UNRWA provides education, health, relief and social services to eligible refugees among the 5million registered Palestine refugees in its five fields of operation:
- Gaza Strip
- Syrian Arab Republic
- West Bank, including East Jerusalem.
More than 1.4million refugees, around one third of the total, live in 58 recognised camps, and UNRWA’s services are located in or near these areas.
Gaza in 2020 – A liveable place?
DR EL MAQADMA is a very polite and charming man. When we meet he smiles good-naturedly and says nothing at how I make a hash of his last name and we laugh at how he struggles to pronounce Drogheda, where he is off to immediately after our interview. When he speaks about the conditions that people in Gaza are suffering, however, the soft-spoken good humour gives way to a quietly articulated but heartfelt plea for the Palestinian people who are refugees in Gaza. He is a Palestinian.
The ongoing support of Ireland for UNRWA has been highly valued and appreciated, Dr El Maqadma is keen to stress. That continued support is even more important as UNRWA faces a shortfall of $6.2million in its food aid programme. As we meet, news headlines in Ireland are reporting that €4million of Irish Aid funding has ‘gone missing’ in Uganda. Dr El Maqadma, who has worked for UNRWA for 30 years, stresses that every penny of funding given to UNRWA’s operations has always been accounted for in audits and progress reports as well as direct feedback to donor countries and agencies. “I think UNRWA’s reputation among donors is very high and we have credibility as an organisation that is delivering services on the ground in Gaza according to agreements and contracts.”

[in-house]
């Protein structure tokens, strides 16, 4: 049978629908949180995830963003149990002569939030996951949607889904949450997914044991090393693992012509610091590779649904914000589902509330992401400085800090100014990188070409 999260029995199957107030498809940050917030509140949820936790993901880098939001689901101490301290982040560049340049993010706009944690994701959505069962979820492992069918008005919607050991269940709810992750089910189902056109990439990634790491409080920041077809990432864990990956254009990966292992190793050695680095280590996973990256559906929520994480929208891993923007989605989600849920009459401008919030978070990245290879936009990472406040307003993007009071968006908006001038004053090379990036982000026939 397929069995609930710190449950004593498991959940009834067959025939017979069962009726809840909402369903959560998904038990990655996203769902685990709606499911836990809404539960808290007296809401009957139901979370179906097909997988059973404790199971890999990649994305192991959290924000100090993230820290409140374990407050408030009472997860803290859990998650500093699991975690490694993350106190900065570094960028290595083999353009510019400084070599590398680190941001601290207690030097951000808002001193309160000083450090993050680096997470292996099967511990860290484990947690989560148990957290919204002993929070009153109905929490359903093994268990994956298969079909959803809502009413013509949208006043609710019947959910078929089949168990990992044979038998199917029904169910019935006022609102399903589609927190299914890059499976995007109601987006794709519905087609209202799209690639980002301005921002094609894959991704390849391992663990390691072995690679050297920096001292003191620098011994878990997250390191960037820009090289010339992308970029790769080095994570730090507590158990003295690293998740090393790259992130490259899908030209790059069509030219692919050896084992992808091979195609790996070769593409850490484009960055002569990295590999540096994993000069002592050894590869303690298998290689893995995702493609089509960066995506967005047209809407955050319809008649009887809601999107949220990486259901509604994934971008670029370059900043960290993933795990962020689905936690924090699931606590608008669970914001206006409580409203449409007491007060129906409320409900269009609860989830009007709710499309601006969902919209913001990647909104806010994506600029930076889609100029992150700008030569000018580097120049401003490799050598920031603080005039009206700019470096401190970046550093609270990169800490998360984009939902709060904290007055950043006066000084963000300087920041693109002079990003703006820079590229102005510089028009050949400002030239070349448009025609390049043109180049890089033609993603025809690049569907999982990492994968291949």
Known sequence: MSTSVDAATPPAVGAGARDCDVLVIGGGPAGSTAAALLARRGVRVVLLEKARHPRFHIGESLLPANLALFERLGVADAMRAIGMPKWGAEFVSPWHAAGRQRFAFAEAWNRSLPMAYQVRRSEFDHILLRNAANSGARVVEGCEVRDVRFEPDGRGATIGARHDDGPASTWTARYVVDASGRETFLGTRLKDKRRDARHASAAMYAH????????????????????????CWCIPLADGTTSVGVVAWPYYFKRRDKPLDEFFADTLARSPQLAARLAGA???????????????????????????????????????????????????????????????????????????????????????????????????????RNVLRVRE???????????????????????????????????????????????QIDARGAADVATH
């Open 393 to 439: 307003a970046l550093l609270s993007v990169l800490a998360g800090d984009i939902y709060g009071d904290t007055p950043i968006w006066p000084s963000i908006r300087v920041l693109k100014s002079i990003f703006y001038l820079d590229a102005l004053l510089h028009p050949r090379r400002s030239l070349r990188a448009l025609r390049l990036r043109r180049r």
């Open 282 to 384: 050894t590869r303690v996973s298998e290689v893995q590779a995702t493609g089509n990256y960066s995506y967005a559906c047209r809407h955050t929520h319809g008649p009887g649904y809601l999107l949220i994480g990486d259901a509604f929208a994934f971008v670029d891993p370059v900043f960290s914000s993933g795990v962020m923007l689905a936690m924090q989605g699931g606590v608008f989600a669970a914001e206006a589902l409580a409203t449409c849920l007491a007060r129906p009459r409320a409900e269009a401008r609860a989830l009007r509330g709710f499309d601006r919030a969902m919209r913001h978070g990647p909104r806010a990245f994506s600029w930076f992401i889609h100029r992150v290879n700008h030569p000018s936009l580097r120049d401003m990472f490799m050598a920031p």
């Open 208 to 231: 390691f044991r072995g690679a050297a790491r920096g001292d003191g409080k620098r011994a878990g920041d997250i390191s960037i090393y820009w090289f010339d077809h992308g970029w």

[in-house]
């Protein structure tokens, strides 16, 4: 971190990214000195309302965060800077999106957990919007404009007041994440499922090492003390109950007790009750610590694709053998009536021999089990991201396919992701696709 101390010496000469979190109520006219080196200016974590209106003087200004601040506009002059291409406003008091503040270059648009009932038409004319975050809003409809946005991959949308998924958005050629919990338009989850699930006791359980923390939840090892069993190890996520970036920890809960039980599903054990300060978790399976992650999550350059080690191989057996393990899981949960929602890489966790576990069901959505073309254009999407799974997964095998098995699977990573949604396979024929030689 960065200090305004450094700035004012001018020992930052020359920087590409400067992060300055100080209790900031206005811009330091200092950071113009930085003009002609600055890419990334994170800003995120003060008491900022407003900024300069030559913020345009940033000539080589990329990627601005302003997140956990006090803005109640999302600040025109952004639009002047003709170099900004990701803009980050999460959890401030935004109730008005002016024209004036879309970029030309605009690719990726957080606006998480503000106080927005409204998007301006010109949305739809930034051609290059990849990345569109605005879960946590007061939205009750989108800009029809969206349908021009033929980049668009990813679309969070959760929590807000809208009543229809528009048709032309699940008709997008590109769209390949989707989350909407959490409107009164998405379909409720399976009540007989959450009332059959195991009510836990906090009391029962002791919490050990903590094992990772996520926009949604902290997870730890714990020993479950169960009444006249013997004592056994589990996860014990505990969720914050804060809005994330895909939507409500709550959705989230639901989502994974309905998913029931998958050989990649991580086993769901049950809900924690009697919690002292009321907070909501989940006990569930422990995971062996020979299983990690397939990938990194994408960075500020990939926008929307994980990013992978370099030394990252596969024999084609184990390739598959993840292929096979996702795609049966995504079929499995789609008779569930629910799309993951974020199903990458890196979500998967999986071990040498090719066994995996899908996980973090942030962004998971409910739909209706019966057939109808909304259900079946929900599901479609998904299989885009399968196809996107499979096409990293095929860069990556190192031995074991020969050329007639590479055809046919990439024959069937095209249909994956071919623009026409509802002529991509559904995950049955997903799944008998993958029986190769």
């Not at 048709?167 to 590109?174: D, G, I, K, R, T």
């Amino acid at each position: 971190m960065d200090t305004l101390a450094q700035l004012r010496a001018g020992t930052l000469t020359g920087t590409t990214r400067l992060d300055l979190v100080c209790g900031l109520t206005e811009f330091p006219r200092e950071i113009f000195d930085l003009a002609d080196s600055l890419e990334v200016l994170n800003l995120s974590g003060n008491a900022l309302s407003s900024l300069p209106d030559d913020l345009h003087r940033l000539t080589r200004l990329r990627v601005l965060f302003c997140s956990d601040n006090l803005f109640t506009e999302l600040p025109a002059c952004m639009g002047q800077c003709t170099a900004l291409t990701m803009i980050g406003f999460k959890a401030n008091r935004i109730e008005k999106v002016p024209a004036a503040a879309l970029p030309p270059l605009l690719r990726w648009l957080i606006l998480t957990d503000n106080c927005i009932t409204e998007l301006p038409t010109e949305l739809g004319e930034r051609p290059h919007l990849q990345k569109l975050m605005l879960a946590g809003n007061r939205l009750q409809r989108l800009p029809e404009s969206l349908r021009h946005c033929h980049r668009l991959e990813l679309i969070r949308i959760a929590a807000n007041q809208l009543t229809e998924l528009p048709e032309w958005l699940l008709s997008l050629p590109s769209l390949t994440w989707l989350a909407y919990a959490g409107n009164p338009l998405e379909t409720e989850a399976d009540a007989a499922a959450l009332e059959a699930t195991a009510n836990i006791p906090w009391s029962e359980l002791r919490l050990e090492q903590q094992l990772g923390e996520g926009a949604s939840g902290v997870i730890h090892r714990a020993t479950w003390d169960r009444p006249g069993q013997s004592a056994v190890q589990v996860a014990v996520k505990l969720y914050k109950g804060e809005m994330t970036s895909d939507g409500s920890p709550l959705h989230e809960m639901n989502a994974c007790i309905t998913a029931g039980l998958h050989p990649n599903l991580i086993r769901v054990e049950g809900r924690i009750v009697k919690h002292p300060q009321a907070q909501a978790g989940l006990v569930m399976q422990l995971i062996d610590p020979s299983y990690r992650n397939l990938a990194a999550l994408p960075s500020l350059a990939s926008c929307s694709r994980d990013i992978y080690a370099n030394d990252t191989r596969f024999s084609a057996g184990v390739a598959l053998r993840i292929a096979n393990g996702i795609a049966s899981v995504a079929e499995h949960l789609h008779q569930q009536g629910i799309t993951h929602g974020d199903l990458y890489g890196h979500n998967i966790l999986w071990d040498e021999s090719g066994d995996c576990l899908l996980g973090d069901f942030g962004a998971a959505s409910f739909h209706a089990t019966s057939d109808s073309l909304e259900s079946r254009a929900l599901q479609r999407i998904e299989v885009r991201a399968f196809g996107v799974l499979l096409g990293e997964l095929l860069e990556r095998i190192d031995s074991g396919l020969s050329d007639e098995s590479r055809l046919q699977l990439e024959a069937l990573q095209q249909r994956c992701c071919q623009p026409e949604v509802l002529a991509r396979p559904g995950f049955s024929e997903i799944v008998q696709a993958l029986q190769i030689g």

The situation is Gaza is getting more and more difficult, he says.
“We have been under siege for the last five years, the economy is deteriorating and unemployment is very high.”
The combined effects of the blockade are having an impact on not just people’s physical health but their mental health, Dr El Maqadma says. Children and teenagers growing up in a siege situation are particularly vulnerable and the long-term negative impact on Gaza society is inestimable.
“Ours can be described as a young generation society because 51% of our population are up to 17 years old. You can imagine how young people feel if they have managed to get through school and university to find no jobs and an economy that is being strangled by the siege.”
Underground tunnels between Egypt and Gaza bring in supplies for a shadow economy meeting people’s day-to-day needs. Israeli fighter-bombers, tanks and artillery target them, claiming that they are used to traffic weapons. They are illegal, Dr El Maqadma acknowledges, but they are a product of Israel’s blockade and an economic necessity for families. “Palestinians don’t have any choice but to use the tunnels to get the needs for their daily lives.”
And these are families living in inadequate housing and a war zone environment.
The social consequences of the siege, military attacks and the economy are getting worse for families, Dr El Maqadma tells An Phoblacht.
“Domestic violence is high. There is a huge threat in drug abuse spreading by young people feeling the effects of daily life.” Addiction to tranquilisers is a major worry of his.